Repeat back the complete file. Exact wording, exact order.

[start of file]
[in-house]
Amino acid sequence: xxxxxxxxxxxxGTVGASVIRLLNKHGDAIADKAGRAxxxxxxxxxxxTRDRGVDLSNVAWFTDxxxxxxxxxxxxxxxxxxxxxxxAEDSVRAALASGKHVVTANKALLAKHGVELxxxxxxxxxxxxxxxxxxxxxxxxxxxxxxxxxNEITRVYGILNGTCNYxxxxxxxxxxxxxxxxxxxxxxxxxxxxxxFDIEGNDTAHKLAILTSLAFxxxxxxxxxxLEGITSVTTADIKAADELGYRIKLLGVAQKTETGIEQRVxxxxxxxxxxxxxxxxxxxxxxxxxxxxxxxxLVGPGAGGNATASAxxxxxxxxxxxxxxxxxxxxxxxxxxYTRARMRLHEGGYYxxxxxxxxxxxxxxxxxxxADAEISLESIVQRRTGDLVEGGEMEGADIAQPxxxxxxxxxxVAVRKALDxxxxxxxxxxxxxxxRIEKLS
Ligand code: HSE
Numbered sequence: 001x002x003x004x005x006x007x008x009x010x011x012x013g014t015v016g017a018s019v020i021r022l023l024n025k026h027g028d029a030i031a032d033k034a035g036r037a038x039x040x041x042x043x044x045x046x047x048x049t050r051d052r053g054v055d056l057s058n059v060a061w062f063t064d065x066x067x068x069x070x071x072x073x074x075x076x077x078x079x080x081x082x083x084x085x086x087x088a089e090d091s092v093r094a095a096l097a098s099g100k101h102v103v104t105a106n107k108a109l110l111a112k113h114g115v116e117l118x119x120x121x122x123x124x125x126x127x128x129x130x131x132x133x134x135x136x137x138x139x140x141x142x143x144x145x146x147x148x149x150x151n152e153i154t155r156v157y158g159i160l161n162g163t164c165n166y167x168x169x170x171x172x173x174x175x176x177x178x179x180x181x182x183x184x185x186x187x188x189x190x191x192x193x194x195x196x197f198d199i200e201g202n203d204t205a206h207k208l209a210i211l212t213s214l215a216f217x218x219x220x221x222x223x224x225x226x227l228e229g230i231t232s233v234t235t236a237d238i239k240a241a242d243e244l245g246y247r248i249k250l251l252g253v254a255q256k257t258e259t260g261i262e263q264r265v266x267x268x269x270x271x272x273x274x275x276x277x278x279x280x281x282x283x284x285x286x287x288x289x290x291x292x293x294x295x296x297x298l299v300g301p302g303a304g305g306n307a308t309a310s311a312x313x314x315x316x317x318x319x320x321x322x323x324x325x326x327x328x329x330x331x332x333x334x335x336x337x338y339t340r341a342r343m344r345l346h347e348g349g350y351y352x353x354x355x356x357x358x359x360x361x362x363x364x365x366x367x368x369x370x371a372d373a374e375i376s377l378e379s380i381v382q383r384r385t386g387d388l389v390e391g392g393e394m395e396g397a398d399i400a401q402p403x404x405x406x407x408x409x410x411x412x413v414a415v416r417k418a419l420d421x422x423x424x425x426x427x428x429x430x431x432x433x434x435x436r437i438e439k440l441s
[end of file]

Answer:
[in-house]
Amino acid sequence: xxxxxxxxxxxxGTVGASVIRLLNKHGDAIADKAGRAxxxxxxxxxxxTRDRGVDLSNVAWFTDxxxxxxxxxxxxxxxxxxxxxxxAEDSVRAALASGKHVVTANKALLAKHGVELxxxxxxxxxxxxxxxxxxxxxxxxxxxxxxxxxNEITRVYGILNGTCNYxxxxxxxxxxxxxxxxxxxxxxxxxxxxxxFDIEGNDTAHKLAILTSLAFxxxxxxxxxxLEGITSVTTADIKAADELGYRIKLLGVAQKTETGIEQRVxxxxxxxxxxxxxxxxxxxxxxxxxxxxxxxxLVGPGAGGNATASAxxxxxxxxxxxxxxxxxxxxxxxxxxYTRARMRLHEGGYYxxxxxxxxxxxxxxxxxxxADAEISLESIVQRRTGDLVEGGEMEGADIAQPxxxxxxxxxxVAVRKALDxxxxxxxxxxxxxxxRIEKLS
Ligand code: HSE
Numbered sequence: 001x002x003x004x005x006x007x008x009x010x011x012x013g014t015v016g017a018s019v020i021r022l023l024n025k026h027g028d029a030i031a032d033k034a035g036r037a038x039x040x041x042x043x044x045x046x047x048x049t050r051d052r053g054v055d056l057s058n059v060a061w062f063t064d065x066x067x068x069x070x071x072x073x074x075x076x077x078x079x080x081x082x083x084x085x086x087x088a089e090d091s092v093r094a095a096l097a098s099g100k101h102v103v104t105a106n107k108a109l110l111a112k113h114g115v116e117l118x119x120x121x122x123x124x125x126x127x128x129x130x131x132x133x134x135x136x137x138x139x140x141x142x143x144x145x146x147x148x149x150x151n152e153i154t155r156v157y158g159i160l161n162g163t164c165n166y167x168x169x170x171x172x173x174x175x176x177x178x179x180x181x182x183x184x185x186x187x188x189x190x191x192x193x194x195x196x197f198d199i200e201g202n203d204t205a206h207k208l209a210i211l212t213s214l215a216f217x218x219x220x221x222x223x224x225x226x227l228e229g230i231t232s233v234t235t236a237d238i239k240a241a242d243e244l245g246y247r248i249k250l251l252g253v254a255q256k257t258e259t260g261i262e263q264r265v266x267x268x269x270x271x272x273x274x275x276x277x278x279x280x281x282x283x284x285x286x287x288x289x290x291x292x293x294x295x296x297x298l299v300g301p302g303a304g305g306n307a308t309a310s311a312x313x314x315x316x317x318x319x320x321x322x323x324x325x326x327x328x329x330x331x332x333x334x335x336x337x338y339t340r341a342r343m344r345l346h347e348g349g350y351y352x353x354x355x356x357x358x359x360x361x362x363x364x365x366x367x368x369x370x371a372d373a374e375i376s377l378e379s380i381v382q383r384r385t386g387d388l389v390e391g392g393e394m395e396g397a398d399i400a401q402p403x404x405x406x407x408x409x410x411x412x413v414a415v416r417k418a419l420d421x422x423x424x425x426x427x428x429x430x431x432x433x434x435x436r437i438e439k440l441s